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Law Courts (Supreme Court)

Peter Maltezos's picture

Text from Walking Melbourne

The National Trust guide to the historic and architectural landmarks of central Melbourne

Law Courts (Supreme Court)

192-228 William Street, corner Lonsdale Street


This grand court complex was designed by a collaboration of some of the best architectural talent in Melbourne, involving Smith & Johnson in conjunction with JJ Clark and Peter Kerr of the Public Works Department. The design was chosen in a competition marred by scandal, because co-designer Johnson was working for the PWD, and was one of the assessors! (He then resigned to take up the project privately). The result is a majestic Renaissance Revival design distinguished by fine detailing, occupying half a city block, dominated by a tall dome supported by 24 Ionic columns (reportedly inspired by the similar dome of the ‘Four Courts’ of Dublin, built c1800) over the central Supreme Court Library. Built over a ten year period, between 1874 and 1884, it has been the scene of many important trials, and is the highest court in Victoria. It is remarkably intact and includes the original built-in furniture and decoration of the impressive main court rooms, the library, the special carriage entrance for the accused (a covered receiving dock accessed from the rear lane), and the basement ‘dungeons’ where they were held during trials.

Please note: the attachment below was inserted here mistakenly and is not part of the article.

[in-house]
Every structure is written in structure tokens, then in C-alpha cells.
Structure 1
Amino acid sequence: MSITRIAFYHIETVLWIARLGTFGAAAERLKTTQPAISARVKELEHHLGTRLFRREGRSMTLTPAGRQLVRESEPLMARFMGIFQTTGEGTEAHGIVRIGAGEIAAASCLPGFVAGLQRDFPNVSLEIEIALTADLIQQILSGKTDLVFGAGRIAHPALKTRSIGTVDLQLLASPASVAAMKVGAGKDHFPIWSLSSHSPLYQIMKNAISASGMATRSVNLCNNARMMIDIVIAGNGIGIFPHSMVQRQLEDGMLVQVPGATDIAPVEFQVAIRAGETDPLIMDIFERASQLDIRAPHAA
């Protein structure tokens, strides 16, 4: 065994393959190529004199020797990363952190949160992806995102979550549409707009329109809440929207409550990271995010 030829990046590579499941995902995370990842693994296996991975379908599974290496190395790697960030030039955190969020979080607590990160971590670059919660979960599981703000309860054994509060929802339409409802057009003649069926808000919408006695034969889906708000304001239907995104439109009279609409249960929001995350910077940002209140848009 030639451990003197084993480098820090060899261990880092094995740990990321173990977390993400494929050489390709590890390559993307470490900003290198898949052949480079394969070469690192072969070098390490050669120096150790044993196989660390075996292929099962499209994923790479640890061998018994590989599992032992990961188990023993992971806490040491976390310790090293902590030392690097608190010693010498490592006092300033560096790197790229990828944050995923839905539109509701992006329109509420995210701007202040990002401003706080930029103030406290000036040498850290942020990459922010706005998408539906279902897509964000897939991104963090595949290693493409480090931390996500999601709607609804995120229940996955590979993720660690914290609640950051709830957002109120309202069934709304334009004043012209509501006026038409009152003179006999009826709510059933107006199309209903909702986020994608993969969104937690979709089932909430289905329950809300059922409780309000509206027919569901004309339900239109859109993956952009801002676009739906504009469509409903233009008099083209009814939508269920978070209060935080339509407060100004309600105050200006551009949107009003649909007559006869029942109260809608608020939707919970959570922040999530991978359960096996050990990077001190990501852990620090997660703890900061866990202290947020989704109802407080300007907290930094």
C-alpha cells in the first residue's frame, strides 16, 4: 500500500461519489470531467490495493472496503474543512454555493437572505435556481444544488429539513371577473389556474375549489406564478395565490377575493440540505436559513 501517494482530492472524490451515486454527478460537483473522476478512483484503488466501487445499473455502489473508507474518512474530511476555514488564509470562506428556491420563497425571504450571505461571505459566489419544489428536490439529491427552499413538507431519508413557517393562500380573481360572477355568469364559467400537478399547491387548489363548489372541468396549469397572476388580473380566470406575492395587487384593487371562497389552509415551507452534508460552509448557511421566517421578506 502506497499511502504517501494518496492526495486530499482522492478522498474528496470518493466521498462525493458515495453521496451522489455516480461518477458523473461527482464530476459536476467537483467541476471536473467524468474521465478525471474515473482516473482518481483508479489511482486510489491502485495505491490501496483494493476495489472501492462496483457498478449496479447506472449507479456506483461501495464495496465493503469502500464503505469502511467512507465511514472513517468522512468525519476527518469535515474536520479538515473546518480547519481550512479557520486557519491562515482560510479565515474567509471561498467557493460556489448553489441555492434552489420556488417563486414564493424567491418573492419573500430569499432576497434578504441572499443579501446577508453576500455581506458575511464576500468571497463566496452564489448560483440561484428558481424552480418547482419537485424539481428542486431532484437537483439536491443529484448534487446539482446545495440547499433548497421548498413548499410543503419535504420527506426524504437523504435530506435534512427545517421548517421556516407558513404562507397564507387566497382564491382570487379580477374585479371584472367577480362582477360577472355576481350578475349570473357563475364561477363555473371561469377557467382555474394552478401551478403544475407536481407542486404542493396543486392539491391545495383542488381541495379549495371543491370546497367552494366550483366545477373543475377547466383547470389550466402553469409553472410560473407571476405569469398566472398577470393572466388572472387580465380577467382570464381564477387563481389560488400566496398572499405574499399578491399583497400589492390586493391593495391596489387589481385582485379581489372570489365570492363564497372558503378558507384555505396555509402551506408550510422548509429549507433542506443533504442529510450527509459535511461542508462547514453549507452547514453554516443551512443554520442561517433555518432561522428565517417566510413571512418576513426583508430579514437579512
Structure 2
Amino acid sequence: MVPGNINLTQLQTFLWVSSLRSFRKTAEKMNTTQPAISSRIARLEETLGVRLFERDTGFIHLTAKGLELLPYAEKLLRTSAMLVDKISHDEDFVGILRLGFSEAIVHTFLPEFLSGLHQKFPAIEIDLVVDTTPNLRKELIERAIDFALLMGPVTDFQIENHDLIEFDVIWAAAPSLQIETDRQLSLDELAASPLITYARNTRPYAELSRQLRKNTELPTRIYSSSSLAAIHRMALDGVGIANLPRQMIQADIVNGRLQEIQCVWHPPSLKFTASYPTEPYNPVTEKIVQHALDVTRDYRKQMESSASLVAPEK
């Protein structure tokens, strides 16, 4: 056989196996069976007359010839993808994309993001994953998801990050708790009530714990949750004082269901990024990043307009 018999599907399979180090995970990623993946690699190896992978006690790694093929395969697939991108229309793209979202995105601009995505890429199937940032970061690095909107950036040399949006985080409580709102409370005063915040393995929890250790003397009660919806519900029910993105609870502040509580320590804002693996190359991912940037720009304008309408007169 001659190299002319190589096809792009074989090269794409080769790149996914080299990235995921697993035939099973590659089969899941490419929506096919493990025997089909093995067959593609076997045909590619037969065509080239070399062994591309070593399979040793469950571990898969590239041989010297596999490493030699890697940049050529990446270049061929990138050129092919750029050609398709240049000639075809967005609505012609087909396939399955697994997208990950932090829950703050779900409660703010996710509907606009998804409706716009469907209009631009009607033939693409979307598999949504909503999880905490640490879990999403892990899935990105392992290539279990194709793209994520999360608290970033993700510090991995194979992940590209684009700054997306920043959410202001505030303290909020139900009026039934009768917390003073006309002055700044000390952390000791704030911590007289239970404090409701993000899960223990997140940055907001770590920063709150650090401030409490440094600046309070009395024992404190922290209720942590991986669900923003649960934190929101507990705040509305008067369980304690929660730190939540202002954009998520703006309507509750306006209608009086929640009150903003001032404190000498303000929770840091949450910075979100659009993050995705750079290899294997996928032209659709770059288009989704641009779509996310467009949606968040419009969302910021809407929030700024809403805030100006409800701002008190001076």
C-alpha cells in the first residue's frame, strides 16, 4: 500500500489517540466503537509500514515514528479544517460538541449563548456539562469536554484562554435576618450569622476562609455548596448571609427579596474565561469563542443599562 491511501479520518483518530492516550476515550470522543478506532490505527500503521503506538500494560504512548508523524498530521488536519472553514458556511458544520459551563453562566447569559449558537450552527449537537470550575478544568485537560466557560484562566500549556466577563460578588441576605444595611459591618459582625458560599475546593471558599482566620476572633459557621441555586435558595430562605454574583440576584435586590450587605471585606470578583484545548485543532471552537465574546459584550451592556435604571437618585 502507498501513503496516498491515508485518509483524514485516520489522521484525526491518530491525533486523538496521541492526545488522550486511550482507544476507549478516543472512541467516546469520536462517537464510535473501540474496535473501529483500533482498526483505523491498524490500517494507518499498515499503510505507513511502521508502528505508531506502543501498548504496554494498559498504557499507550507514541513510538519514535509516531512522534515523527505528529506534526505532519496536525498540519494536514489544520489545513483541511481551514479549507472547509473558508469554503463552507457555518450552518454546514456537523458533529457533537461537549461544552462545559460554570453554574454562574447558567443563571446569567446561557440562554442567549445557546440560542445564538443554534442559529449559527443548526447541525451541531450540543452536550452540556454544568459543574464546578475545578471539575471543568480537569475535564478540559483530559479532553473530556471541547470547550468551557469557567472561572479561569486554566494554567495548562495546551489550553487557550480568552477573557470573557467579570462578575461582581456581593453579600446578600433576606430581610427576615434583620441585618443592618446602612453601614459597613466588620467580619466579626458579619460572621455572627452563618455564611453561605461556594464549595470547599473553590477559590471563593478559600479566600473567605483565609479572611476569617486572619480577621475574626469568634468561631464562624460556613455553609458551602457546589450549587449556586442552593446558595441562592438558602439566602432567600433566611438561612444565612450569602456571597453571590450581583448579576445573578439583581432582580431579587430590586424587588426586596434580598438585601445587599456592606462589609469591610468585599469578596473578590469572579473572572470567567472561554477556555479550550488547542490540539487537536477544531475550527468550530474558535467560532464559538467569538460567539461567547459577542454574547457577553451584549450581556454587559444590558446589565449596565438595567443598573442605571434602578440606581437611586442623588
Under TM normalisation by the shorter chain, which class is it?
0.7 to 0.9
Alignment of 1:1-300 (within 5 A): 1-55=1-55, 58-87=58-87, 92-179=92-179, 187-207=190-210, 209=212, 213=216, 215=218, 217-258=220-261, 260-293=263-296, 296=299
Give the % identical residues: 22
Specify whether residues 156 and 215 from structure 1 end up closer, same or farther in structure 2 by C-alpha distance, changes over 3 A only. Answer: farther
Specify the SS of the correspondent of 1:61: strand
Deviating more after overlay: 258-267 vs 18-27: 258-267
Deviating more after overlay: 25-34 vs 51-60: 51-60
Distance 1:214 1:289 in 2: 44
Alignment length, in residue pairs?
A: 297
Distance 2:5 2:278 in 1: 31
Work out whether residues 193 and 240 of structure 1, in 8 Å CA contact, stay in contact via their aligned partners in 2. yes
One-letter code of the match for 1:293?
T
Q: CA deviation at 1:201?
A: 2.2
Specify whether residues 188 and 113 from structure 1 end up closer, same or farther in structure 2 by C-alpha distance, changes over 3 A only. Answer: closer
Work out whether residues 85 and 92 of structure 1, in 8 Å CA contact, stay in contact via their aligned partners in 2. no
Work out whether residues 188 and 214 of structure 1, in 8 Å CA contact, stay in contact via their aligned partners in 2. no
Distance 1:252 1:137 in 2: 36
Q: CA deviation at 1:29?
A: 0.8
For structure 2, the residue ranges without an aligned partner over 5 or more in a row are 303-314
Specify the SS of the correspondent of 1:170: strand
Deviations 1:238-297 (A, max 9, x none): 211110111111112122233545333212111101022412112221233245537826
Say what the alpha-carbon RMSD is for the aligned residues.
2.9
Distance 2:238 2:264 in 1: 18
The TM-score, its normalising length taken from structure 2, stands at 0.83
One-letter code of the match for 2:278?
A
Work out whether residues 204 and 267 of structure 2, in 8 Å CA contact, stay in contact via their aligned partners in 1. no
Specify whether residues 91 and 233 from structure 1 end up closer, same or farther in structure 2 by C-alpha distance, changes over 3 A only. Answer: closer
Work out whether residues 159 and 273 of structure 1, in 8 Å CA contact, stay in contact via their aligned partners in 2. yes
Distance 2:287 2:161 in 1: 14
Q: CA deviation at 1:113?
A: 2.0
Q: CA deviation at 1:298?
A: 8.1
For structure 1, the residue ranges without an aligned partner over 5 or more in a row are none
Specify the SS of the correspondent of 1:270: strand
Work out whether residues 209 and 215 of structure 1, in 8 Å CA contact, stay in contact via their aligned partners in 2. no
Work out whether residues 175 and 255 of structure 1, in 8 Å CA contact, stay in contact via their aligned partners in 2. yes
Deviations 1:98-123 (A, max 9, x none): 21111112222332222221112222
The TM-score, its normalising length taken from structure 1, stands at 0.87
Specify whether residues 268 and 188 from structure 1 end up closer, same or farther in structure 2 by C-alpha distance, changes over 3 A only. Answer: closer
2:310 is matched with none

Above, an aerial of the complex and below, the Library of the Supreme Court, the domed building in the centre of the Law Courts, stands within the building’s courtyard.

It was built in 1877.


The next four below are old postcards of the Law Courts.


The following six are recent shots of my own.

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Peter Maltezos's picture


Three more of my own from Lonsdale Street.


I collect, therefore I am.

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Peter Maltezos's picture

Photo taken in the 1890s by the studio of Nettleton & Arnest.

What is obvious is that some of the ornamentation along the roof line has been removed over time.

I collect, therefore I am.

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Aussie Steve's picture

WOW. I had no idea the stonework below the statue of justice and above the triangular pediment had ever existed. It must have been removed, together with the orbs, as they probably had become a safety issue, crumbling away due to weathering, and the statue was thankfully kept, and relocated lower down to where she is today. Either way, all this should be rebuilt.

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Alastair Taylor's picture

Maybe I'm wrong, but I have some vague memories of comments in the media a few years ago (yes very vague memories) that the Supreme Court is essentially running out of court space and that more will need to be created at some point.

Clearly no demolition would happen on the current site, but another court tower like the County Court across the road might be on the cards (eh the state is growing and so would the need for more court space and barrister's chambers)?

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Development & Planning

Wednesday, December 13, 2017 - 12:00
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Policy, Culture & Opinion

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